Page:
I have always enjoyed reading the little slips of paper embedded in “fortune cookies” commonly available at Chinese-food restaurants in America. It is important to note that these have no historic connection to China or ancient Chinese culture: they were definitely a creation of U.S. entrepreneurs, although there is some dispute over the true “first” offering.
After some reflection, I have decided that my interest in fortune cookies is mostly because I enjoy truisms—statements which will basically always be true over time and circumstance.
Perhaps the most mundane of these is something like, “You will soon make a journey.” Of course you will. If you only walk out of the restaurant, you will have taken a very small trip going home. It is difficult to imagine a scenario that does not fit this description. Even if a person read that fortune and keeled over dead at the table, that person’s body would soon make a trip to the morgue.
Perhaps one of the most famous truisms was supposedly created for an ancient king, who requested a saying that would always be true. The wise men responded with, “This too shall pass.” Even in an apocalyptic context, the saying remains true. I might not survive, but the event itself, will pass.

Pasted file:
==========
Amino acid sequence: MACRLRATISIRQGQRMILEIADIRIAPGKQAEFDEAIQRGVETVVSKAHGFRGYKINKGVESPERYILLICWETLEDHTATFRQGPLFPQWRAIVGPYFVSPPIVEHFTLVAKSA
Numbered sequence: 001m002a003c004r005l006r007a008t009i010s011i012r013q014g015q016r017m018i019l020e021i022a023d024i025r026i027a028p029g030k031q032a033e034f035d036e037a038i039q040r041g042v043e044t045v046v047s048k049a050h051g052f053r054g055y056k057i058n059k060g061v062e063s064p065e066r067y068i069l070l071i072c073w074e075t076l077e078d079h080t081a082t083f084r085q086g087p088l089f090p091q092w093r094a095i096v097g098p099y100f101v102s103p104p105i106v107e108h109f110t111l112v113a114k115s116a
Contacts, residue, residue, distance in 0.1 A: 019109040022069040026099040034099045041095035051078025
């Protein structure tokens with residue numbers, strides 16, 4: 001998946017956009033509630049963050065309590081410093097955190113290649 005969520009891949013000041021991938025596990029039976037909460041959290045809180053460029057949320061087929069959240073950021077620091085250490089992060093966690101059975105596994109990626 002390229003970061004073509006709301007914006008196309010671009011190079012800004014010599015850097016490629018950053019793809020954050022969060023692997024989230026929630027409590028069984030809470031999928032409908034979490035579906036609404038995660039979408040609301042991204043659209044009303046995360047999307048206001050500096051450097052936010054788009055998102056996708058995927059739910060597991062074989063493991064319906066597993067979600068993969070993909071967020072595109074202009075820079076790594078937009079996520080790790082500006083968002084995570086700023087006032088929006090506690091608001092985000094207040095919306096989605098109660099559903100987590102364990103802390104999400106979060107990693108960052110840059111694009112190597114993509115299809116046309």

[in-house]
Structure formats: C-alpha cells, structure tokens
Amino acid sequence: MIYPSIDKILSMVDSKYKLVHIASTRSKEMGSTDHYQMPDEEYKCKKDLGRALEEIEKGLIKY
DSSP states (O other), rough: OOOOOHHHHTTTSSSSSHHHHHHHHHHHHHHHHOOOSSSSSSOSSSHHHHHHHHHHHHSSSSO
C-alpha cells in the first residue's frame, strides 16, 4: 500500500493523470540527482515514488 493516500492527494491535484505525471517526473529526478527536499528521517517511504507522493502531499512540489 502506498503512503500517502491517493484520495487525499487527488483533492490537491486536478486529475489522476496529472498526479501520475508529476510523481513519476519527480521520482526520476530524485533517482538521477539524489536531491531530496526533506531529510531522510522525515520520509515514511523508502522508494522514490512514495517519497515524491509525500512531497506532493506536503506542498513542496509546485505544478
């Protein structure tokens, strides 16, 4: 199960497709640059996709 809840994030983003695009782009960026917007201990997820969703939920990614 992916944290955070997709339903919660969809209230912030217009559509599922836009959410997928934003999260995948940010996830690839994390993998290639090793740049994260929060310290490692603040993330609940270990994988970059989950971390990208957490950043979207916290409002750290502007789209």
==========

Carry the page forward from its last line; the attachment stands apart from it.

The best fortunes sometimes include a play on word meaning, or perhaps a small joke. I received one today that said, “Excuses are easy to manufacture, and hard to sell.” A quick Google search did not lead me to a specific origin for this quote, but it does seem associated with fortune cookies in several references. It sounds to me like something a sales manager or motivational speaker might say, and indeed, it shows up in many references to selling excuses.
As many Internet searches, this one led to some interesting side journeys. Goodreads listed more than 300 quotes tagged with “excuses.”
Once upon a time, just before a large layoff at a company—that everyone knew was coming—I received a fortune that said, “Find a quiet place to contemplate your future.” I was not laid-off that time, but the advice was good in either case. The eerie part was that the cookie also told me my lucky number was 23 and indeed, the layoffs happened on the 23rd of that month.
One of my favorite fortune-cookie sayings was opened at a local brew-house that offers the unusual combination of craft beer and fortune cookies. This one said,
“If your friends are not making fun of you, they are not really your friends.”
If you get a great fortune-cookie saying; or another truism, please send it my way.